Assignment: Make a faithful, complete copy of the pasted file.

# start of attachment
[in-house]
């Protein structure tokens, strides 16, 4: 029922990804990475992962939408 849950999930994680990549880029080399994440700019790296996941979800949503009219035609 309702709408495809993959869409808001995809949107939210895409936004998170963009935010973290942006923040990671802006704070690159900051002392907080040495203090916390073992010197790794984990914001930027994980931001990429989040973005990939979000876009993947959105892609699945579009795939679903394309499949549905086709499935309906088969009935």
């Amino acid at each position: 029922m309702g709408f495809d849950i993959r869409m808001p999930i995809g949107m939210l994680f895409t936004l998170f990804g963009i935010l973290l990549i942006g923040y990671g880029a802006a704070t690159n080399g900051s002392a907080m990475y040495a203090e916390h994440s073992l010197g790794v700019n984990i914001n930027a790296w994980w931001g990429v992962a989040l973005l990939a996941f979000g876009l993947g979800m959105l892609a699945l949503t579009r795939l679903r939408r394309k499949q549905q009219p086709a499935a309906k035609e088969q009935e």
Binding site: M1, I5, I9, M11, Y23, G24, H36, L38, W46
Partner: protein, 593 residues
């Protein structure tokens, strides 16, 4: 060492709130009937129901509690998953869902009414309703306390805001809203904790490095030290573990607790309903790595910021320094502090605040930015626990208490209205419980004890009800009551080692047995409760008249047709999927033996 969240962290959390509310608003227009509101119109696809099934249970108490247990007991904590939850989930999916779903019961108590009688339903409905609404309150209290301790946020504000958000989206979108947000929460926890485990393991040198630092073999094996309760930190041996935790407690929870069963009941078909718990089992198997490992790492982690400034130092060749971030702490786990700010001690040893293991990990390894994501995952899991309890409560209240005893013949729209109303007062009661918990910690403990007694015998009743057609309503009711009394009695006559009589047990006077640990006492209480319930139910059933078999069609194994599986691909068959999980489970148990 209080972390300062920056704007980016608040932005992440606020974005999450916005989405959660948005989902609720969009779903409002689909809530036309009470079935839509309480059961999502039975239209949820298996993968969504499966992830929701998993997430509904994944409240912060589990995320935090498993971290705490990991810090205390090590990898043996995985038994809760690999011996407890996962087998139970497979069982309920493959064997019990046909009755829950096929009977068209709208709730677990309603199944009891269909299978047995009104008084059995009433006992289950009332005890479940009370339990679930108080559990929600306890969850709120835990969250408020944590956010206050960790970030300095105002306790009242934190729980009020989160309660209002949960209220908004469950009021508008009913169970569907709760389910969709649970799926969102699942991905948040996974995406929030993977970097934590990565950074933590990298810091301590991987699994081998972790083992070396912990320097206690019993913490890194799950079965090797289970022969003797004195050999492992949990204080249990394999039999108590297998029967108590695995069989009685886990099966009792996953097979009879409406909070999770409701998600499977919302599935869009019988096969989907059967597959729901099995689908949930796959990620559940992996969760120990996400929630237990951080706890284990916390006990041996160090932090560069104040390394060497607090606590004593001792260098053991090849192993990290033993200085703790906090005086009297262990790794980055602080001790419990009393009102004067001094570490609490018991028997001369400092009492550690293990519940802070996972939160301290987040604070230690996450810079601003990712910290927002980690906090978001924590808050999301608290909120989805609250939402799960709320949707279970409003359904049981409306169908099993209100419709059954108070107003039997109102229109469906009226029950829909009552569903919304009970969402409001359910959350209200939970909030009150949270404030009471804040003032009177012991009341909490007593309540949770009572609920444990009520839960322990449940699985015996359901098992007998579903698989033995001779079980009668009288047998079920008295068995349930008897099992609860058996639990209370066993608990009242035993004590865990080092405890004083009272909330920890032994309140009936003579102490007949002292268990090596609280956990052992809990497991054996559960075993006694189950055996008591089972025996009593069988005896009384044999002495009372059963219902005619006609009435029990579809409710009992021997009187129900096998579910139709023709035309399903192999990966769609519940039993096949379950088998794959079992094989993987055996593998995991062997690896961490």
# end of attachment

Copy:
[in-house]
């Protein structure tokens, strides 16, 4: 029922990804990475992962939408 849950999930994680990549880029080399994440700019790296996941979800949503009219035609 309702709408495809993959869409808001995809949107939210895409936004998170963009935010973290942006923040990671802006704070690159900051002392907080040495203090916390073992010197790794984990914001930027994980931001990429989040973005990939979000876009993947959105892609699945579009795939679903394309499949549905086709499935309906088969009935």
């Amino acid at each position: 029922m309702g709408f495809d849950i993959r869409m808001p999930i995809g949107m939210l994680f895409t936004l998170f990804g963009i935010l973290l990549i942006g923040y990671g880029a802006a704070t690159n080399g900051s002392a907080m990475y040495a203090e916390h994440s073992l010197g790794v700019n984990i914001n930027a790296w994980w931001g990429v992962a989040l973005l990939a996941f979000g876009l993947g979800m959105l892609a699945l949503t579009r795939l679903r939408r394309k499949q549905q009219p086709a499935a309906k035609e088969q009935e």
Binding site: M1, I5, I9, M11, Y23, G24, H36, L38, W46
Partner: protein, 593 residues
């Protein structure tokens, strides 16, 4: 060492709130009937129901509690998953869902009414309703306390805001809203904790490095030290573990607790309903790595910021320094502090605040930015626990208490209205419980004890009800009551080692047995409760008249047709999927033996 969240962290959390509310608003227009509101119109696809099934249970108490247990007991904590939850989930999916779903019961108590009688339903409905609404309150209290301790946020504000958000989206979108947000929460926890485990393991040198630092073999094996309760930190041996935790407690929870069963009941078909718990089992198997490992790492982690400034130092060749971030702490786990700010001690040893293991990990390894994501995952899991309890409560209240005893013949729209109303007062009661918990910690403990007694015998009743057609309503009711009394009695006559009589047990006077640990006492209480319930139910059933078999069609194994599986691909068959999980489970148990 209080972390300062920056704007980016608040932005992440606020974005999450916005989405959660948005989902609720969009779903409002689909809530036309009470079935839509309480059961999502039975239209949820298996993968969504499966992830929701998993997430509904994944409240912060589990995320935090498993971290705490990991810090205390090590990898043996995985038994809760690999011996407890996962087998139970497979069982309920493959064997019990046909009755829950096929009977068209709208709730677990309603199944009891269909299978047995009104008084059995009433006992289950009332005890479940009370339990679930108080559990929600306890969850709120835990969250408020944590956010206050960790970030300095105002306790009242934190729980009020989160309660209002949960209220908004469950009021508008009913169970569907709760389910969709649970799926969102699942991905948040996974995406929030993977970097934590990565950074933590990298810091301590991987699994081998972790083992070396912990320097206690019993913490890194799950079965090797289970022969003797004195050999492992949990204080249990394999039999108590297998029967108590695995069989009685886990099966009792996953097979009879409406909070999770409701998600499977919302599935869009019988096969989907059967597959729901099995689908949930796959990620559940992996969760120990996400929630237990951080706890284990916390006990041996160090932090560069104040390394060497607090606590004593001792260098053991090849192993990290033993200085703790906090005086009297262990790794980055602080001790419990009393009102004067001094570490609490018991028997001369400092009492550690293990519940802070996972939160301290987040604070230690996450810079601003990712910290927002980690906090978001924590808050999301608290909120989805609250939402799960709320949707279970409003359904049981409306169908099993209100419709059954108070107003039997109102229109469906009226029950829909009552569903919304009970969402409001359910959350209200939970909030009150949270404030009471804040003032009177012991009341909490007593309540949770009572609920444990009520839960322990449940699985015996359901098992007998579903698989033995001779079980009668009288047998079920008295068995349930008897099992609860058996639990209370066993608990009242035993004590865990080092405890004083009272909330920890032994309140009936003579102490007949002292268990090596609280956990052992809990497991054996559960075993006694189950055996008591089972025996009593069988005896009384044999002495009372059963219902005619006609009435029990579809409710009992021997009187129900096998579910139709023709035309399903192999990966769609519940039993096949379950088998794959079992094989993987055996593998995991062997690896961490």